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The autumn winds have brought down the lurid, neon-green, curiously wrinkled fruits of the Osage orange...
The autumn winds have brought down the lurid, neon-green, curiously wrinkled fruits of the Osage orange...
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Urtica dioica (Stinging nettle)

Formic Acid
Formic acid is one of the chemicals present in nettle stings, along with histamine and acetylcholine. This chemical cocktail is delivered via stinging hairs with tips that break off when touched. This transforms them into needles which then inject the sting into the skin. Formic acid is also found in bee, wasp and ant stings.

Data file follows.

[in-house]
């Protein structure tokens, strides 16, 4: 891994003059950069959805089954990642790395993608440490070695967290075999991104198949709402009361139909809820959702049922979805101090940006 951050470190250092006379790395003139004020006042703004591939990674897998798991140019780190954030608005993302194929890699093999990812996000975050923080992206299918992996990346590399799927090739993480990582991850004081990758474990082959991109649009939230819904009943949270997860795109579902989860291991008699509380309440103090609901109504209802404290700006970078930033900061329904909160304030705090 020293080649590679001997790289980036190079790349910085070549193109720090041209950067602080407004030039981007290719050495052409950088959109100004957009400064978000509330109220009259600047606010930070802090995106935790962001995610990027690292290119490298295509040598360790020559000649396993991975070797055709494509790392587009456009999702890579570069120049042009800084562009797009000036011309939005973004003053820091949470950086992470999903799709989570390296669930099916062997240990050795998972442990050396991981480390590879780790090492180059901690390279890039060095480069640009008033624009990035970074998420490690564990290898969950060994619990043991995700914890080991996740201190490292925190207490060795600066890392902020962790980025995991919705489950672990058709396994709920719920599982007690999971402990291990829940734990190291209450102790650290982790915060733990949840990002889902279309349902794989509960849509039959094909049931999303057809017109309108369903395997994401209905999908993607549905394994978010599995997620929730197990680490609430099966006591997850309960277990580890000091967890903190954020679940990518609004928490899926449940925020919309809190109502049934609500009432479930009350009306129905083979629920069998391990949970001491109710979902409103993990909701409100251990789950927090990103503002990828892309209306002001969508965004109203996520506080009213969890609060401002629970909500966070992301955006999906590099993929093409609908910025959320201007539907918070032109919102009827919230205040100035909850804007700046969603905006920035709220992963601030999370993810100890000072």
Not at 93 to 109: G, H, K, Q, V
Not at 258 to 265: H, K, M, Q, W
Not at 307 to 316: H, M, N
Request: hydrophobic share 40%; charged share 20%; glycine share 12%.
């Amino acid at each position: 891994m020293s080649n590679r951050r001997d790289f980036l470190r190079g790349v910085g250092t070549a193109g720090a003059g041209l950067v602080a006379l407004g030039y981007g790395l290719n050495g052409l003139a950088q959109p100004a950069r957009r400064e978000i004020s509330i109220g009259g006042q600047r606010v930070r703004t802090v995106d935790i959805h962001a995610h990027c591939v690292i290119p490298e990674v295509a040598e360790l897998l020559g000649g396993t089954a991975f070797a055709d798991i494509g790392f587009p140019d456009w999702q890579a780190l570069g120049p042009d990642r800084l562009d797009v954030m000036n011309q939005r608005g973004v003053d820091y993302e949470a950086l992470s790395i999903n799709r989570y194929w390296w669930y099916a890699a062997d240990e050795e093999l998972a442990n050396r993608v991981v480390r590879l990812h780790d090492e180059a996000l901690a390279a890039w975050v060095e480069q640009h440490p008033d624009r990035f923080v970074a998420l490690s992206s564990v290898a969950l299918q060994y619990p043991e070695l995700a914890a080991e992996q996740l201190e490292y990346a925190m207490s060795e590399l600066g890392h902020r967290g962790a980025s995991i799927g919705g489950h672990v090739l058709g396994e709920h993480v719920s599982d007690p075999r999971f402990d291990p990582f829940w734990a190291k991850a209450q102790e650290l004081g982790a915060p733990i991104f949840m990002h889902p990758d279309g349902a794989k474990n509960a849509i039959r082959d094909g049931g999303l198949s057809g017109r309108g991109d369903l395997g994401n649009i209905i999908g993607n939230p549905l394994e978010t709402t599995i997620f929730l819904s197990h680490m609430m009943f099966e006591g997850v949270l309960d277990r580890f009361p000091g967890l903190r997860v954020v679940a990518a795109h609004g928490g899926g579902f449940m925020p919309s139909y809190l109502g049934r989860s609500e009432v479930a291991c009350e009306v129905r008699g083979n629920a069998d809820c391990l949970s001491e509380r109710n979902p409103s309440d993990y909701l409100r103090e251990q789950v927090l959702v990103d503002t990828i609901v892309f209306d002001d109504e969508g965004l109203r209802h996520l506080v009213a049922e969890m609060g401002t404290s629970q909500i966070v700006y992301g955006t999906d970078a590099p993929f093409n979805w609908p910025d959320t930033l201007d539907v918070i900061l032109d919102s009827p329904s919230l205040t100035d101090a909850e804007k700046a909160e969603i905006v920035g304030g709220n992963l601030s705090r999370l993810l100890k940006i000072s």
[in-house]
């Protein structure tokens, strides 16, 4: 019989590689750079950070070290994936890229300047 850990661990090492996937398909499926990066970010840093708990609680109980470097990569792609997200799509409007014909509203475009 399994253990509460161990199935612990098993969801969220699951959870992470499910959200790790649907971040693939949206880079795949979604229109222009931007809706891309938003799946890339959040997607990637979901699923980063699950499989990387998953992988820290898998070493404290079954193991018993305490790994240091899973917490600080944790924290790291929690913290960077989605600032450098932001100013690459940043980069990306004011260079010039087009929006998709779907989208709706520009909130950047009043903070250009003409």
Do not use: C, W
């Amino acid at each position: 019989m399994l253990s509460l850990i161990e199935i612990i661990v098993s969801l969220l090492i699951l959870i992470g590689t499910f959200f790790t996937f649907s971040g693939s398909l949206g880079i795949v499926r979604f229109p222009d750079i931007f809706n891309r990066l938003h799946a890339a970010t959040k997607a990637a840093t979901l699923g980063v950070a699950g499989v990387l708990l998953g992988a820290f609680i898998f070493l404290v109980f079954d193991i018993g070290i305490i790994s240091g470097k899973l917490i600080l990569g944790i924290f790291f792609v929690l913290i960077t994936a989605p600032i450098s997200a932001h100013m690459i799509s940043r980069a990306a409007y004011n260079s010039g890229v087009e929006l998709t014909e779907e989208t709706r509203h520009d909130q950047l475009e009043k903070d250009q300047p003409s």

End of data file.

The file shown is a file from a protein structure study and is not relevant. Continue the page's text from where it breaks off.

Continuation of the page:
Nettles are an excellent source of vitamins and the young leaves taste like spinach. Soaking the leaves in water or cooking removes the stinging chemicals, allowing the nettles to be safely enjoyed.

Nettles have also been used as a source of green and yellow dyes, and fibres from mature stems can be woven into cloth. During World War I, when there was a shortage of cotton, nettlecloth was reportedly used to make German soldiers' uniforms.

At the Botanic Garden, we cultivate nettles in their family bed, Urticaceae, on the Systematic Beds but nettles also play an important role ecologically in the long grass and hedgerow plantings, providing the food plant for several insect larvae, including the caterpillars of the Peacock butterfly.

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